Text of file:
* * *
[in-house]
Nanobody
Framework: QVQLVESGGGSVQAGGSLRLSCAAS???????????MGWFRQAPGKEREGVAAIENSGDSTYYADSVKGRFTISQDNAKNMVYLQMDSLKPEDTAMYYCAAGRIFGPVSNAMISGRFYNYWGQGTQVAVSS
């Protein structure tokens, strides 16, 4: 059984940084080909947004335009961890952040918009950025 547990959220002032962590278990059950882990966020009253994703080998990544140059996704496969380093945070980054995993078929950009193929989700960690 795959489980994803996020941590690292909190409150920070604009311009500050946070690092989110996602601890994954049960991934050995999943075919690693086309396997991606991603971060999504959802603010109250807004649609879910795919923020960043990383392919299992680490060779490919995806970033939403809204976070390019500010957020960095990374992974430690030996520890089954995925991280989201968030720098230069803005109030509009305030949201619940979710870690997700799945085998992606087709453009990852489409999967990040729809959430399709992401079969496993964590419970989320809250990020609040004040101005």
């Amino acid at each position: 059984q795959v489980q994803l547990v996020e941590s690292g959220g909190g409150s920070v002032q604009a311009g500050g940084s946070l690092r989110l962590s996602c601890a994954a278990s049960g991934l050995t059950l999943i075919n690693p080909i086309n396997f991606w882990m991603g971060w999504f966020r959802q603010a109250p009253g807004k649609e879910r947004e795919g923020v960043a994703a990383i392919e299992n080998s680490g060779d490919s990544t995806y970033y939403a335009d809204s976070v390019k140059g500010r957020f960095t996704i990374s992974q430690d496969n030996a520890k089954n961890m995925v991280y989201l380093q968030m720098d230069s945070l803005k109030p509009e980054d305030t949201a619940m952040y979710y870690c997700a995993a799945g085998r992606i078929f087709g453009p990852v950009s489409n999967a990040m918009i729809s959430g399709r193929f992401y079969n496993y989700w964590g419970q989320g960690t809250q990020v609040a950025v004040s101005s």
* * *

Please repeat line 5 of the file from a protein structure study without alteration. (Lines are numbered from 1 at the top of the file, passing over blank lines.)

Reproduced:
């Amino acid at each position: 059984q795959v489980q994803l547990v996020e941590s690292g959220g909190g409150s920070v002032q604009a311009g500050g940084s946070l690092r989110l962590s996602c601890a994954a278990s049960g991934l050995t059950l999943i075919n690693p080909i086309n396997f991606w882990m991603g971060w999504f966020r959802q603010a109250p009253g807004k649609e879910r947004e795919g923020v960043a994703a990383i392919e299992n080998s680490g060779d490919s990544t995806y970033y939403a335009d809204s976070v390019k140059g500010r957020f960095t996704i990374s992974q430690d496969n030996a520890k089954n961890m995925v991280y989201l380093q968030m720098d230069s945070l803005k109030p509009e980054d305030t949201a619940m952040y979710y870690c997700a995993a799945g085998r992606i078929f087709g453009p990852v950009s489409n999967a990040m918009i729809s959430g399709r193929f992401y079969n496993y989700w964590g419970q989320g960690t809250q990020v609040a950025v004040s101005s």